If Canon were to step away from M and APS-C DSLRs, I don't think it would be unexpected to produce a very wide range of bodies under the R mount, and potentially reduce the number of lens mounts they need to maintain. I have no idea if they'd do that, and no doubt M has a following which is shouldn't be ignored, but I'm not sure a big list of bodies is worrisome for Canon based on where they currently are. I'd bet lower cost options on R mount are pretty close to a sure thing, and I wouldn't be shocked if they produced some of the more niche bodies that we always wonder if there is room for - i.e. high resolution or cinema cameras in a stills form factor. Time will tell!
 
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RayValdez360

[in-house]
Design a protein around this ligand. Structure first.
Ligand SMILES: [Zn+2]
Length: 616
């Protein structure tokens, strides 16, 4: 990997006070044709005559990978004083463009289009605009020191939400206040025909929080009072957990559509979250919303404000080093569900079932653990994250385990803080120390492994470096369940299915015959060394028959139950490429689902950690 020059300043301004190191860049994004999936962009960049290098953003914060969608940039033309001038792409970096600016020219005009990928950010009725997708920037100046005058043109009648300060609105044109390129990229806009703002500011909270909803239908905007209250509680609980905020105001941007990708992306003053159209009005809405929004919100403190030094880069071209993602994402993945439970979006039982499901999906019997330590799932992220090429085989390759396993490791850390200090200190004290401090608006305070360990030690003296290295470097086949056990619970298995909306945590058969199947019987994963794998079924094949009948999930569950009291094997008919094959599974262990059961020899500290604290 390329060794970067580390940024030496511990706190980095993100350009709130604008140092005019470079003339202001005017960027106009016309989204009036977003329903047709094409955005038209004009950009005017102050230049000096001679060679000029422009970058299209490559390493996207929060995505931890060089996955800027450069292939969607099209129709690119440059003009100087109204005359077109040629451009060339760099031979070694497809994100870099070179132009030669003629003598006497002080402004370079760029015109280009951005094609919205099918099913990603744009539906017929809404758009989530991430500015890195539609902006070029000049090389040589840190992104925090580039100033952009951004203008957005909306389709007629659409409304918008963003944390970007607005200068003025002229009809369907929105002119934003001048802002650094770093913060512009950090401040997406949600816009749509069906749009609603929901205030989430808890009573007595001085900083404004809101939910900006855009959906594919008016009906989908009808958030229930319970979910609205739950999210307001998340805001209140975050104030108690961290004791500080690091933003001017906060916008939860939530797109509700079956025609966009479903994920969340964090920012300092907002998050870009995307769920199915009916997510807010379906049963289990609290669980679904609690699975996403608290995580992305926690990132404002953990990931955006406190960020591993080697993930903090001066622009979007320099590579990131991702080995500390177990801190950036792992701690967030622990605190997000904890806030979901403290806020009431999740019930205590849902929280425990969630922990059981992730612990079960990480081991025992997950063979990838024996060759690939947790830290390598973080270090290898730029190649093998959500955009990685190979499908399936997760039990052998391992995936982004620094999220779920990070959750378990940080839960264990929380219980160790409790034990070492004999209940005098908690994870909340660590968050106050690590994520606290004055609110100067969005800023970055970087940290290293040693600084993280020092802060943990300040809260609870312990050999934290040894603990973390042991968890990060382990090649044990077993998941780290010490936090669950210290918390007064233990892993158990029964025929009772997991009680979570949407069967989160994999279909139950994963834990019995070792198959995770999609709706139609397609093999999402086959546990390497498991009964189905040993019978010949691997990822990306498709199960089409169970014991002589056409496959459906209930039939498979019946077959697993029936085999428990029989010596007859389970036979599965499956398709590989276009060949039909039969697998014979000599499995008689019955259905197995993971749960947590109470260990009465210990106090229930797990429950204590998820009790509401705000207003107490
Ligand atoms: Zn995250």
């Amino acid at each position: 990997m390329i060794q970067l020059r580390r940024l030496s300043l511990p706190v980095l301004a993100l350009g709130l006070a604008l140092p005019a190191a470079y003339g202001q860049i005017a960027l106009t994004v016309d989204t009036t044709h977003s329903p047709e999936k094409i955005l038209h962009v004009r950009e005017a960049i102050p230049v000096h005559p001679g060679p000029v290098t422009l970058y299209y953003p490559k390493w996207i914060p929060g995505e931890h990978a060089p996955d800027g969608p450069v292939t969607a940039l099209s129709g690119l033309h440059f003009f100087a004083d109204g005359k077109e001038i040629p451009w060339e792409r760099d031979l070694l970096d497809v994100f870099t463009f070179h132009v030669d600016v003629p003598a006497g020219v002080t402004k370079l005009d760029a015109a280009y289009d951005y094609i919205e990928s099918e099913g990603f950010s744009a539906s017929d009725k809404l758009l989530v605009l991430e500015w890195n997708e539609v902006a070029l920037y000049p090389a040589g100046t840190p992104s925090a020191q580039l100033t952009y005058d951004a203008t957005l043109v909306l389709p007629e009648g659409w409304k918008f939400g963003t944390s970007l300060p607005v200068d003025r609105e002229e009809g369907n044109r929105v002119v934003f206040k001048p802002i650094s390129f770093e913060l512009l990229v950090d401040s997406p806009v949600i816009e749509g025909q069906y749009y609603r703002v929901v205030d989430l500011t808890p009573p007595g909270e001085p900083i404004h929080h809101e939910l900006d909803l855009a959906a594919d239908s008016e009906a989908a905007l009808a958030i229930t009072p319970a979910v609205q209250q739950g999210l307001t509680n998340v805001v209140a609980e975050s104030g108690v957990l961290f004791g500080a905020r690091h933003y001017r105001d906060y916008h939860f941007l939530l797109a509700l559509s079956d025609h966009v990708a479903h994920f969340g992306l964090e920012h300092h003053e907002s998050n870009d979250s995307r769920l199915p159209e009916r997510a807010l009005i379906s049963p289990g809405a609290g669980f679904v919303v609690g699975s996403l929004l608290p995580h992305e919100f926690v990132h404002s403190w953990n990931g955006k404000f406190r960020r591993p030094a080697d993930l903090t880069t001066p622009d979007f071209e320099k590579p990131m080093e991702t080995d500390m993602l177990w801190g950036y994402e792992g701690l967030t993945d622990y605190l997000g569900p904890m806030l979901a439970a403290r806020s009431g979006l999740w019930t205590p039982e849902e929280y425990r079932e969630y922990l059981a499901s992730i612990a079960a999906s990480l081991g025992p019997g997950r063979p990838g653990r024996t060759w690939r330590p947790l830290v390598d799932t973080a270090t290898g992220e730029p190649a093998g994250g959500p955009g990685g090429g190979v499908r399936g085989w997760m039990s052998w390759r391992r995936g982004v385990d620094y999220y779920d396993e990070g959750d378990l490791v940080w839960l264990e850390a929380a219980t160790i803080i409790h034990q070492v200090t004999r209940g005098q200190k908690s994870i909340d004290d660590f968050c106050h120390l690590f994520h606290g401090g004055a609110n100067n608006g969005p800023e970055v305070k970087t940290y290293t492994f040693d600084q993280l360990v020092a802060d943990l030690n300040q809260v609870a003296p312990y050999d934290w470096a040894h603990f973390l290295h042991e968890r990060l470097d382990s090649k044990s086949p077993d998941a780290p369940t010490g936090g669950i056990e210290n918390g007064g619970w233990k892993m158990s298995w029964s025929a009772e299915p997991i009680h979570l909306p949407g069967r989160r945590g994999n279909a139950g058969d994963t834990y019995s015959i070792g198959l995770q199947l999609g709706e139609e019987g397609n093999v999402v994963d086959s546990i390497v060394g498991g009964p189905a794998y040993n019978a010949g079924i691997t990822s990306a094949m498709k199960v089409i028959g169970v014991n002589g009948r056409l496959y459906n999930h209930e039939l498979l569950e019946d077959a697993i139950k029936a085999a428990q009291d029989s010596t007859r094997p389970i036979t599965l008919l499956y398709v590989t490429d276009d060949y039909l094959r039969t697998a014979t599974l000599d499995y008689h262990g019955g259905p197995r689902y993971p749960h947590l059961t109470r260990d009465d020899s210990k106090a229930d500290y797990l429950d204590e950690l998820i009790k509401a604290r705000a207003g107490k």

Soon to be the greatest.
Jun 6, 2012
734
495
39
Philadelphia
Not really. This is a tool. Tools usually get better or easier as technology advances. Terrible comparison my guy.

Fine, a Ford Bronco. The 2021 model is a lot more technologically advanced than the 1965 model, but would still make a horrible NASCAR vehicle.
I am talking basics functions and standards set by predecessors not just for niche or specialties. Not having custom video modes in a $2500 camera in 2020 but having it in a cheaper 2018 camera is dumb. I looked it up to see if I was doing something wrong but I seen numerous posts and videos about the omission.
 

RayValdez360

Soon to be the greatest.
Jun 6, 2012
734
495
39
Philadelphia
- R5C
Ideally R5 in R3 body.
Price between R3 and R5.

- R7
30mp aps-c,...
Price as R6 on release.
(R6 will be discontinued.)